Taittinger and Indian cuisine – can it handle the spice?
My regular readers know of my fondness for champagne, some might say obsession, but can I be blamed when champagne is such a versatile wine? Just when I think I have found the best food matches for champagne, along comes a new combination that makes me add another feather to champagne’s cap.
I was invited to dinner at Moti Mahal to see what Taittinger could do when paired with Indian cuisine as well as meet Clovis Taittinger, the next in line at Taittinger. Clovis was in town last week to show off what his family champagne can do when paired with Indian cuisine.Clovis is known as a bit of a wild man and upon meeting him, I could see why – rushing down the stairs, slightly disheveled hair with impish smile and friendly air. He’s like a French, slimmer, darker version of our Mayor, Boris Johnson – and just as amusing. He had us all chuckling within 1 minute of opening his mouth, something about the Kama Sutra and champagne, I think.
Anyway, Clovis went on to tell us a bit about what he thinks makes Taittinger special – the quality and consistency of their wines is their calling card. Their wines are made with a high percentage of chardonnay which they believe gives them the finesse, elegance and delicacy that one expects from Taittinger. When queried about the best years, he replied he doesn’t remember the years, just the moments. A good way out of giving a straight answer he later admitted!
While nibbling on an assortment of canapes we sipped the Taittinger Comtes de Champagne Blanc de Blanc Brut 2000. Made from 100% grand cru chardonnay it’s a charming wine, Clovis defining it as a “dancing champagne” and if any champagne would do that, it would be the Comtes, great as an aperitif.
Roasted beetroot and peanut salad with a lentil dumpling and yoghurt Chaat was served with the Taittinger Brut Prestige Rosé NV. The sweetness of the beetroot was enhanced by the wine, the red fruits becoming more apparent in the blend and a very tasty match. It just goes to show what a great food wine rosé is and it’s versatility. I’m sure it was never envisioned being served alongside lentils and yoghurt.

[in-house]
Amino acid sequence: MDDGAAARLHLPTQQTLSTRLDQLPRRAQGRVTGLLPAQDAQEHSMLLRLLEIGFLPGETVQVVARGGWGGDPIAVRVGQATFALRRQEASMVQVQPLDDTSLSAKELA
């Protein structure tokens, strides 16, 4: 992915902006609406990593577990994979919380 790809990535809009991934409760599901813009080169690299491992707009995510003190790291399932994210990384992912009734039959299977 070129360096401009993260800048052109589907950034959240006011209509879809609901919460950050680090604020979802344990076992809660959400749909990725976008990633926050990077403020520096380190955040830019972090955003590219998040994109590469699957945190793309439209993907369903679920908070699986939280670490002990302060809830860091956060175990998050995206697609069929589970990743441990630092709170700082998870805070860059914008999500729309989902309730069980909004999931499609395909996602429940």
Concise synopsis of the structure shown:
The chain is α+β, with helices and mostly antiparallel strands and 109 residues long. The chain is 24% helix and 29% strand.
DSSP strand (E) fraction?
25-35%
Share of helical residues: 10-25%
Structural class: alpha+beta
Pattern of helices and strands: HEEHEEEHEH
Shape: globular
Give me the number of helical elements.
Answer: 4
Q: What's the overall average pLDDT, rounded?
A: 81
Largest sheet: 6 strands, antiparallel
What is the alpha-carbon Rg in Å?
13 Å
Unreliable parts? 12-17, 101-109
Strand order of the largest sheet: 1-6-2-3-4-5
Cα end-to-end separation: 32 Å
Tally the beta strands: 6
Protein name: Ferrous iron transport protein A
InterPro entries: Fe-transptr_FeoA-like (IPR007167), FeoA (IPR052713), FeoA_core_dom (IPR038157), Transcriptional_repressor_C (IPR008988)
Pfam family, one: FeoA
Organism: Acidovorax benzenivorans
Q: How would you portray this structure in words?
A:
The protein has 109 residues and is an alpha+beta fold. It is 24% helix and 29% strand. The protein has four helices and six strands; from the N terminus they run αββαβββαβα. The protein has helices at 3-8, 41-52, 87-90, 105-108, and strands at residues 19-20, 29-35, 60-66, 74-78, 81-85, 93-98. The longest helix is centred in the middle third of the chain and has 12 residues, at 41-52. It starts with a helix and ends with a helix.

Seared scallops with coriander and tamarind, crushed lime and cumin peas and monkfish steak with curry leaf and cucumber salad paired with the Taittinger Prelude Grands Crus NV was great! The Prelude is quite a rich and full wine, a blend of Grand Cru chardonnay and pinot noir, aged for 4 years before release. If you’re a fan of cumin, the Prelude made it jump out and the richness of the wine was not lost, if anything, I could really taste the citron flavours of the wine.
One of the pairings that I enjoyed the most was the Comtes de Champagne Rose Brut 2004. A pure and frank rose, it was a deeper rose colour then expected. being almost orangish-red but having very heady aromas and a complex, intense palate. I enjoyed it on it’s own but served with a rose jelly was a delight, the jelly not so sweet that it overpowered the champagne. The red fruit character of the champagne exploded and really lingered. Although it was paired with dessert, I think it would have paired well with the biryani we had beforehand.
I may have had my misgivings about pairing champagne with Indian cuisine but the meal was expertly matched. the cuisine of Moti Mahal is delicately spiced so you won’t be served a chunks of chicken doused in a gloopy mess of orange sauce or soggy veg swimming in tomatoes. Clovis was a very entertaining host and as we slipped off into the night he extended a warm invitation to come and visit. I think I will most definitely take him up on his offer the next time I’m in Champagne.